The confined space shall be thoroughly and continuously ventilated by use of fans, blowers, or any other method, which will ensure an adequate continuous movement of uncontaminated air through the confined space. Care should be taken to ensure that there is sufficient air circulation to eliminate pockets of contaminated air. Natural ventilation may satisfy this requirement if the airflow is adequate.

5.3.3 Test Atmosphere for Acceptable Entry Conditions Test equipment accuracy shall be verified (field checked) and bench top calibrations performed and documented in accordance with manufacturer specifications. The Test Equipment Operator will test the atmosphere in the confined space to determine if acceptable entry conditions exist before entry is authorized to begin. This may be effected from a manhole, provided the potential work areas and entry point(s) can be reached by a remote sensor. Otherwise, the test equipment operator must enter the space using an atmosphere-supplying respirator with retrieval system to conduct testing in all potential work areas of the space. A lookout must be posted during this testing. ATCS spaces shall be tested for the following acceptable entry atmospheric conditions in the order specified below:

  1. Oxygen concentration between 19.5% and 23.5%
  2. Flammable vapors, gas, or mist at 0% of its lower flammable limit (LFL). Continuous monitoring must be used where there is potential for liberation of flammable or toxic materials. In situations where gases and vapors are liberated after initial zero readings, evacuation must take place if a measurement of 10% LFL is observed. 
  3. Appropriate toxic air contaminant concentration below established TLV's 
  4. Airborne combustible dust (e.g. wood dust, coal dust) less than it’s LFL; as a rule of thumb this is a concentration that obscures vision at a distance of 5 feet or less.

Note: Appropriate respiratory protection is required for entry if test results indicate airborne concentration outside of the limits in 1 or 3 as listed above. Continuous monitoring must be performed where there is a likelihood for a hazardous atmosphere to be generated during entry to the space. Continuous monitoring for oxygen concentrations or toxic atmospheres is not required if the employees working inside the confined space are wearing atmosphere supplying respirator (s). To ensure that the atmospheric conditions within the space remain safe during an extended entry, follow-up tests in the space should be made as often as determined necessary by the entry supervisor. At a minimum, the confined space must be re-evaluated at shift changes. The retesting shall be documented on the entry permit. Continuous monitoring can satisfy this requirement. If the confined space remains unattended for an extended period of time (i.e.: approximately one hour); re-entry is not permitted until atmospheric re-testing of the space is performed.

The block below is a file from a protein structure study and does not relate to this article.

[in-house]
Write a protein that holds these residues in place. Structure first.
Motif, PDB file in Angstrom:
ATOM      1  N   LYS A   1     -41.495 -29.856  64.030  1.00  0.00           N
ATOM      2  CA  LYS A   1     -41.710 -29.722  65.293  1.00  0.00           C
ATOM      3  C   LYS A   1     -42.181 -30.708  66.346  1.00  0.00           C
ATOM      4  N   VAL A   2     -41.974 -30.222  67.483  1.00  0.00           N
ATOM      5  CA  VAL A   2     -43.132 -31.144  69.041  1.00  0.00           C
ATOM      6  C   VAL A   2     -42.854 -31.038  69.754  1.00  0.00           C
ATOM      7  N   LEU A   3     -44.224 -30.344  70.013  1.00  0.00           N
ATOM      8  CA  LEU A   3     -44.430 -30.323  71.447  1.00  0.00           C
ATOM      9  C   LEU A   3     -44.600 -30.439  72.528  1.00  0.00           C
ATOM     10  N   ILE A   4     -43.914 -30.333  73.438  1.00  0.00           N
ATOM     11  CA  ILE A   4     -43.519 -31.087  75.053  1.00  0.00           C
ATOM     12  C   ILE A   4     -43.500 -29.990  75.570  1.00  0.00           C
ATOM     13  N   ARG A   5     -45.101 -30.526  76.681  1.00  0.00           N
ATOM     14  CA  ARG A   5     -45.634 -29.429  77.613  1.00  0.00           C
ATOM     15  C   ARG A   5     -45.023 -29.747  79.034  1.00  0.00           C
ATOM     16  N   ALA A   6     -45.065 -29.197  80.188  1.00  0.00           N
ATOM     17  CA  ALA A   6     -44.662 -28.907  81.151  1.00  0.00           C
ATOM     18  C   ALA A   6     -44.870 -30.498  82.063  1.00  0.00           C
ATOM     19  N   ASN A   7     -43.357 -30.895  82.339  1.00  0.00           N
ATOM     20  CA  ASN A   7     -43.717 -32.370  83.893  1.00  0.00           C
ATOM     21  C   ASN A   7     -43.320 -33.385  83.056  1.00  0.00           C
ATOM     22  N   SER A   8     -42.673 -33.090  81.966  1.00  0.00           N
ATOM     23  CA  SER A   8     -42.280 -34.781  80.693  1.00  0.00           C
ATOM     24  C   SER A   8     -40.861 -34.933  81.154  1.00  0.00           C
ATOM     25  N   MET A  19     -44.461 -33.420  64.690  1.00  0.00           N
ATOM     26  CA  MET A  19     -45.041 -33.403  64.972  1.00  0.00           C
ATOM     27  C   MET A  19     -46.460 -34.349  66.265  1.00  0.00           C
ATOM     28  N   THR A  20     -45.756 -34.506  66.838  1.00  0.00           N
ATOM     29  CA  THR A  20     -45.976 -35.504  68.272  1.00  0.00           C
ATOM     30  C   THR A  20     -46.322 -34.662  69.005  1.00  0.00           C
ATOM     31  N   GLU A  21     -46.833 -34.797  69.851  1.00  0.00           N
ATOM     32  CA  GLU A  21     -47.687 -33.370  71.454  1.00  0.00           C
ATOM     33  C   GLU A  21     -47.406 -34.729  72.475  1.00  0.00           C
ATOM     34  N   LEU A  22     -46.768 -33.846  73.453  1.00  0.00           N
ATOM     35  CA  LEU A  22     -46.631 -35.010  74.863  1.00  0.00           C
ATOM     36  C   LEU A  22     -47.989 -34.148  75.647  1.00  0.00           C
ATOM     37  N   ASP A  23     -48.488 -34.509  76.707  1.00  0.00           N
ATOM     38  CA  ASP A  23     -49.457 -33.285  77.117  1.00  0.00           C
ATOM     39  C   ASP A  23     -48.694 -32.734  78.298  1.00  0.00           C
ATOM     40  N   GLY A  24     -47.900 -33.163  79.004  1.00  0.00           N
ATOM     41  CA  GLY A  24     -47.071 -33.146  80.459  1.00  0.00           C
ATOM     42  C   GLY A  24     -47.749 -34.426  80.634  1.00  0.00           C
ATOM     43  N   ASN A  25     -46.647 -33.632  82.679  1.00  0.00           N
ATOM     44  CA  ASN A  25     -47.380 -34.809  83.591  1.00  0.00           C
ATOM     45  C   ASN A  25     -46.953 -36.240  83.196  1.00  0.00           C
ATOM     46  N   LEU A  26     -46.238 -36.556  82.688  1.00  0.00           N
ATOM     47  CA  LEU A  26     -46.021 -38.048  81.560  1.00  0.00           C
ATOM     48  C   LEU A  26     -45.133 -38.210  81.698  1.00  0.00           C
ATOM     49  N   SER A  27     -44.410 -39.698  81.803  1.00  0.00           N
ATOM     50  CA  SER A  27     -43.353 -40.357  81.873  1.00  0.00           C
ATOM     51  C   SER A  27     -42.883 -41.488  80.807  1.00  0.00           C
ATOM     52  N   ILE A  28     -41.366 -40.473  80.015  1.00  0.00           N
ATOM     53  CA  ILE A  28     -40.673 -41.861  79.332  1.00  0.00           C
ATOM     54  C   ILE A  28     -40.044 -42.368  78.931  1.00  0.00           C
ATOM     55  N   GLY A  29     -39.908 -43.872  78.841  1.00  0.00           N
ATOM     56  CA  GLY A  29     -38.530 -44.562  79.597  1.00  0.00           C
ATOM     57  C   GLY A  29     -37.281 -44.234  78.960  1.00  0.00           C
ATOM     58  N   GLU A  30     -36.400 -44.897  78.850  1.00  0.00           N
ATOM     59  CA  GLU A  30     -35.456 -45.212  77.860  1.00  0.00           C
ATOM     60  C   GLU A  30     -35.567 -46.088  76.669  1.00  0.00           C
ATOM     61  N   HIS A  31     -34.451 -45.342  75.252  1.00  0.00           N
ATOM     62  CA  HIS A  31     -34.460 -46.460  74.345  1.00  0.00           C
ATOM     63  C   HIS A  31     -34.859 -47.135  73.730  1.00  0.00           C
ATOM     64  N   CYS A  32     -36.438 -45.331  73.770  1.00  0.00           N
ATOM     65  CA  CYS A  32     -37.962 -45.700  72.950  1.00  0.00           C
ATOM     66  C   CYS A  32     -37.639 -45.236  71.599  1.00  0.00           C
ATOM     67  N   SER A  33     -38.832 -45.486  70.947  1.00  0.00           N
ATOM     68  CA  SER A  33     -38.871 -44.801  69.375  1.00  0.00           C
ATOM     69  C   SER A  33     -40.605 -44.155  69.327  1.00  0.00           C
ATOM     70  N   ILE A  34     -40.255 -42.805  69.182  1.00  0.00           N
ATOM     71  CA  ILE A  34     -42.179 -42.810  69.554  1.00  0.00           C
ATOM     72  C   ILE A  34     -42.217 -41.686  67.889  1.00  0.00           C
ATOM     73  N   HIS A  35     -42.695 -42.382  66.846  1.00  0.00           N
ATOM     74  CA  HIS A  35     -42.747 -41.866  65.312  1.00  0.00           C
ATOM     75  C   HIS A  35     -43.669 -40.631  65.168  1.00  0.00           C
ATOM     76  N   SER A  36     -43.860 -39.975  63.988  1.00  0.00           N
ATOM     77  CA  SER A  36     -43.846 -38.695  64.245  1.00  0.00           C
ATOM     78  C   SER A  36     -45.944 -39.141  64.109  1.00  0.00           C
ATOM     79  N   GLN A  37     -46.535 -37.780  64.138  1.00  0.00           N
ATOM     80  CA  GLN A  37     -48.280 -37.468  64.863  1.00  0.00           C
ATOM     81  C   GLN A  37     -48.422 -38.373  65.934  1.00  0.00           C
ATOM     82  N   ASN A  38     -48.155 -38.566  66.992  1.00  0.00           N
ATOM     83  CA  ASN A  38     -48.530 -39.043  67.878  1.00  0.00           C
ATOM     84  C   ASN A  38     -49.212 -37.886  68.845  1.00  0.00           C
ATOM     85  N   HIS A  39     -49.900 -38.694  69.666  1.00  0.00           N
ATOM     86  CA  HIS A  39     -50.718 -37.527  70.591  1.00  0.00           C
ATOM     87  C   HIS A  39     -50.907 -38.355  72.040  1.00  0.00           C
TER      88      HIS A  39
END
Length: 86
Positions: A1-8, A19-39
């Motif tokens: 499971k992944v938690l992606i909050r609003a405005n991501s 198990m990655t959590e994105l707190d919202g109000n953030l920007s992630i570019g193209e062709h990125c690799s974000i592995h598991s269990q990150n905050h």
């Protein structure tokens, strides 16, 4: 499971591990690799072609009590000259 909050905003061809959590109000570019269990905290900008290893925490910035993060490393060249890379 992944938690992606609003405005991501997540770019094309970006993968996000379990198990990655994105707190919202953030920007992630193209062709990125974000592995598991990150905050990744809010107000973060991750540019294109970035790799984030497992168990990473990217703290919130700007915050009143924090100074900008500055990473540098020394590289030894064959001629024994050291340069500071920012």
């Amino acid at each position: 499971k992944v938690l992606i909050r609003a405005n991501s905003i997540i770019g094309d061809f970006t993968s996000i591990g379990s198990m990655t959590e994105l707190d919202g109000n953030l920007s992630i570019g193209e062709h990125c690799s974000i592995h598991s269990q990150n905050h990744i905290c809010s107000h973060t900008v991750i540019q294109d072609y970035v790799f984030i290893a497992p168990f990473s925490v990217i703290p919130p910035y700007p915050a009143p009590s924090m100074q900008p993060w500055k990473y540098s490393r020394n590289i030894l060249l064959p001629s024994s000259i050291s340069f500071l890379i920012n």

5.3.4 Entry The entry supervisor shall verify the completion of actions required in sections 5.1 - 5.3 of this section by signing the confined space entry permit. Authorized entrants can now enter the space. When authorized entrants are inside a confined space, they must be within sight of the lookout stationed outside the space. If line of sight cannot be maintained, two-way radio or voice communications between the lookout and the entrants in the confined space in addition to the use of a personal alert safety system (PASS) will be required. One radio and one PASS per group of employees inside the space are acceptable as long as the entrants can maintain line of sight with each other.

5.3.5 Entry Completion Once the work has been completed and all authorized entrants are known to be out of the confined space, the permits shall be removed and canceled by the entry supervisor in charge of the space and forwarded to a designated department/person for review. The entry supervisor shall ensure that the confined space is returned to a safe condition prior to cancellation of the entry permit. Canceled entry permits shall be filed and retained for one year to facilitate the annual audit of the confined space entry program. If a location performs a documented, self-audit of their program more frequently than once per year the retention time for canceled permits may be reduced accordingly.

5.4 Permit Entry Procedure for Non-atmospheric Testing Confined Spaces (NATCS)

5.4.1 Safe work practices shall also be applied to entry into non-atmospheric testing confined spaces (NATCS). These practices include those required by Section 5.0 except Section 5.3.3.

5.4.2 If the location arranges to have an outside rescue service perform NATCS rescues, the location shall:

  1. Inform the rescue service of the space hazards.
  2. Provide the rescue service with access to all spaces so that the rescue service can develop appropriate rescue plans and practice rescue operations.

5.5 Work Practices Inside a Confined Space

5.5.1 Electrical Equipment Portable electric equipment and lighting used in confined spaces shall be operated at 18 volts or less. However, 110-volt equipment and lights may be used if protected by a ground-fault circuit interrupter (GFCI) which is positioned outside the confined space. Portable lights outfitted with protective guards over the bulbs shall be provided. When a step-down transformer is used, the transformer must be left outside the space. Lighting must be explosion proof if the potential for a combustible atmosphere is present.